I liked this book a lot. I read it because I know it is one of Tao Lin's favorite books, or that it was a "seminal read" for him, and also because I knew it was supposed to have paved the way for a lot of the big Modernist writers. Also, I idly paged through it at Half-Price Books when I was back in Milwaukee with my friend Bill, and I liked the prose. I read the Robert Bly translation.
What's striking to me about this book is that the subject matter, the situation of the first-person narrator, is very depressing, and yet the narrator seems joyful in a way, or playful. The book is about a struggling writer walking around Christiania, Norway starving. He seems kind of self-denying or self-destructive, depending on your viewpoint, because he turns down food a few times and gives away money that he receives. As the book goes on, he starts to have outbursts and to act strangely. It becomes increasingly possible that he might starve to death or go crazy. Yet there is always something matter-of-fact about the prose; the narrator, and by extension the author, never adds melodrama or extraneous commentary or moralizing to the actions and thoughts of the narrator. I liked that.
There is also a romantic interlude, if you like, or a part with a woman he meets, and I won't ruin it. I mention it because I like when there's some kind of romantic something to a book, not necessarily romantic in a conventional way, I like it when the narrator feels something for someone else in a book, especially if it feels natural and uncontrived or innocent or cute in a way. Like, for example, in Chilly Scenes of Winter by Ann Beattie, the protagonist longs for this married woman ("the one who got way") the whole book, and that really kept me intrigued and wondering what would happen with them, especially because his thoughts about her were presented in a very realistic way, in my opinion (I also highly recommend Chilly Scenes of Winter---it's very funny and not nearly as depressing as Hunger).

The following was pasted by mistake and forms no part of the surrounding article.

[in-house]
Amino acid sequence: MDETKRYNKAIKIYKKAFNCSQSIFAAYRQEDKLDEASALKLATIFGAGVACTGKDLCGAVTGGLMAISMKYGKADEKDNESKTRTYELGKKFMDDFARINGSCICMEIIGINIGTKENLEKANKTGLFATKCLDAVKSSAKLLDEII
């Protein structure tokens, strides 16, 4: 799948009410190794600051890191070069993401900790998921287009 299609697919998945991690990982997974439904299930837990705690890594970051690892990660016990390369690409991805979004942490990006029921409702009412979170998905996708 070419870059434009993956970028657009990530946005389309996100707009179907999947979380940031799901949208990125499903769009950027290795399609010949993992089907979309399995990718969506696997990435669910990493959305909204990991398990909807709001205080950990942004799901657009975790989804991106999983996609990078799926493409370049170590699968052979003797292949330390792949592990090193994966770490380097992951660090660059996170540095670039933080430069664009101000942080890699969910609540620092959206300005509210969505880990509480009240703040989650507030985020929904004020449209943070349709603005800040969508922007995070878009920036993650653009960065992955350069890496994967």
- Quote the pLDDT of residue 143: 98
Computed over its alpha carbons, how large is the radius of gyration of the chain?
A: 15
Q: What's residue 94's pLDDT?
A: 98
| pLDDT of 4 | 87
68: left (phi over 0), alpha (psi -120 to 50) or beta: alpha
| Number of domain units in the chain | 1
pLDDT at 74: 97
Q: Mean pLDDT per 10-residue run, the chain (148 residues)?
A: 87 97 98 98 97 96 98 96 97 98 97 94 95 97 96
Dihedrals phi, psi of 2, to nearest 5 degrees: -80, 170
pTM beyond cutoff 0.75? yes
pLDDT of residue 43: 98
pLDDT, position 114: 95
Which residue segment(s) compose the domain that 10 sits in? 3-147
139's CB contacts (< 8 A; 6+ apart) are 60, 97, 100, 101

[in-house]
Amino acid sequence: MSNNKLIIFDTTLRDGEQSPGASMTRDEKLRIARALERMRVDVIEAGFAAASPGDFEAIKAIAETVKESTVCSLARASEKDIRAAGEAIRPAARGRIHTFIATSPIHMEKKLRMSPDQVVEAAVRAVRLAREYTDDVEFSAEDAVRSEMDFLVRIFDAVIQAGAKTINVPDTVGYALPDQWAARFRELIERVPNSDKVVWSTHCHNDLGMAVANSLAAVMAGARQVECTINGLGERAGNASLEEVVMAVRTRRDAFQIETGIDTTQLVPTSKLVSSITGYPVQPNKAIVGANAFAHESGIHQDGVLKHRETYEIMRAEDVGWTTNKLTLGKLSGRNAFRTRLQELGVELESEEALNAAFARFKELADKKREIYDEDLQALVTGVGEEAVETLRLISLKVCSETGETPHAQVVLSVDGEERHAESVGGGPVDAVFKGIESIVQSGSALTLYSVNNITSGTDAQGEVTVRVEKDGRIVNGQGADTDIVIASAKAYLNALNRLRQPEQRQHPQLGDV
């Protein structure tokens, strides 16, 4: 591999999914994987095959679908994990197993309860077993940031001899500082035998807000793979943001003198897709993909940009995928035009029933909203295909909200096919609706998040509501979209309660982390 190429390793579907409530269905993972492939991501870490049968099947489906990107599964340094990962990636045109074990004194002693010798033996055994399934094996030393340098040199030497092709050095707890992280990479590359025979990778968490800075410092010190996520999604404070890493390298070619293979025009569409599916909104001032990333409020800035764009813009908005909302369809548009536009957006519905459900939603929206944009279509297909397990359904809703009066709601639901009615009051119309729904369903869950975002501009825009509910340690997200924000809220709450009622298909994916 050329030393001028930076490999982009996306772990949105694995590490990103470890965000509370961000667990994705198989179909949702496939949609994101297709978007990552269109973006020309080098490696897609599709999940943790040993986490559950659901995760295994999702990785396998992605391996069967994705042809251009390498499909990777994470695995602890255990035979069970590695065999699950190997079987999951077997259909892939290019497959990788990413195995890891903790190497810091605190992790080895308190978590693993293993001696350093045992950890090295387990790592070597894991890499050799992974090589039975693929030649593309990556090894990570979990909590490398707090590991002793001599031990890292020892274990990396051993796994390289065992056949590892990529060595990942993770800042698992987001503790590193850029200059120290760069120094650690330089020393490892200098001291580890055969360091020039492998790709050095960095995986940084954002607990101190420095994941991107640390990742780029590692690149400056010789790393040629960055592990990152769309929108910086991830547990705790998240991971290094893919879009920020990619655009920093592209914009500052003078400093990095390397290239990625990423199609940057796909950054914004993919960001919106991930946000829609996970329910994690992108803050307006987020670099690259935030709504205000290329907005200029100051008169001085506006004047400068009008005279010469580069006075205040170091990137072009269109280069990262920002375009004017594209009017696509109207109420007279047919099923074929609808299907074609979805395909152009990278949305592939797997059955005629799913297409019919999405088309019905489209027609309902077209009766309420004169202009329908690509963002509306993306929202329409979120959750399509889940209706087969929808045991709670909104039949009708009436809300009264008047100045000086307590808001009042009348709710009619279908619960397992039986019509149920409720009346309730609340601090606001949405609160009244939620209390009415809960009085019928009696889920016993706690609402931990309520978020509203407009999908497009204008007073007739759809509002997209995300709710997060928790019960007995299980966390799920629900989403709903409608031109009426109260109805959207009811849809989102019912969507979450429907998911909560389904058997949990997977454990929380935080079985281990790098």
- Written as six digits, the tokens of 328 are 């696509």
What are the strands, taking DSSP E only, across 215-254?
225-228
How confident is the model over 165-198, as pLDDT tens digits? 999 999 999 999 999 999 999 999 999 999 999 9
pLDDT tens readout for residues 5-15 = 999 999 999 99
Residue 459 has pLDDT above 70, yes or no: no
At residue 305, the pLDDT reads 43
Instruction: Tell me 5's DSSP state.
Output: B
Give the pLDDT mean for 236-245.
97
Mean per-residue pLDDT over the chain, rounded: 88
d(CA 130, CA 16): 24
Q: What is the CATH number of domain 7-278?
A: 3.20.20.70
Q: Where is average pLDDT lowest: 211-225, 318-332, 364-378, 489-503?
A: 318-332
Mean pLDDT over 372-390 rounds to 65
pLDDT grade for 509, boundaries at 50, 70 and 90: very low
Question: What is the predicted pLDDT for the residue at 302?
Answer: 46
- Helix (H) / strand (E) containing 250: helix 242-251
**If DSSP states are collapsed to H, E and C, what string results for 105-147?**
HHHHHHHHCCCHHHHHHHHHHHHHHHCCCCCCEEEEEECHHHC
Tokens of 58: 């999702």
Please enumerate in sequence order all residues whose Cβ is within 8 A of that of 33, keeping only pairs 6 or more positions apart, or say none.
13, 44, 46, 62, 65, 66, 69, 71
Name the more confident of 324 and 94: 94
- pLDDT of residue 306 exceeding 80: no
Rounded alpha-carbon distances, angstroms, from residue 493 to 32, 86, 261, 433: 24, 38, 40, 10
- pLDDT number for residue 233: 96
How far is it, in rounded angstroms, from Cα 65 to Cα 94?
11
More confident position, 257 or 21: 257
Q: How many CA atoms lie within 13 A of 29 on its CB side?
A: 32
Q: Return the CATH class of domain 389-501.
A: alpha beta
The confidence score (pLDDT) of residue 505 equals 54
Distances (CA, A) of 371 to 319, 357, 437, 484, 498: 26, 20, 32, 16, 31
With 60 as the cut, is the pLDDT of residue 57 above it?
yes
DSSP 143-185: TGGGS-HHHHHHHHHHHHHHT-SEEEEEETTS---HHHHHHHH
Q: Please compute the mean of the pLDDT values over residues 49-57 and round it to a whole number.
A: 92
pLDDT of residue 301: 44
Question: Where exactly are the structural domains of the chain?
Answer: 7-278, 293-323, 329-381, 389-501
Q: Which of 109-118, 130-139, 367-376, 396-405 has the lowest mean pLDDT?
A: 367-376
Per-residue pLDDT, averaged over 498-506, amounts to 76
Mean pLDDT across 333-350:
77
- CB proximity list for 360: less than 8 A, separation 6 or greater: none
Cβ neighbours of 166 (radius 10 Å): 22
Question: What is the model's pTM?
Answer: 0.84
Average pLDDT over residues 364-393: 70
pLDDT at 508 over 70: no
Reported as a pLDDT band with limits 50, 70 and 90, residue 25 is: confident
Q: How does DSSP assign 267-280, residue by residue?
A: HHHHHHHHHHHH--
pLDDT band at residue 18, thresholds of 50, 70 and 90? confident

I think I will keep these reviews, if one can call them that, short, for the most part, so here I end: the book puts you inside someone's head during a desperate time, but the narrator and the prose are not desperate, they are appealingly, plainly alive.
"All at once I snapped my fingers a couple of times and laughed. Hellfire and damnation! I suddenly imagined I had discovered a new word! I sat up in bed, and said: It is not in the language, I have discovered it---Kuboaa. It has letters just like a real word, by sweet Jesus, man, you have discovered a word!...Kuboaa...of tremendous linguistic significance.
The word stood out clearly in front of me in the dark."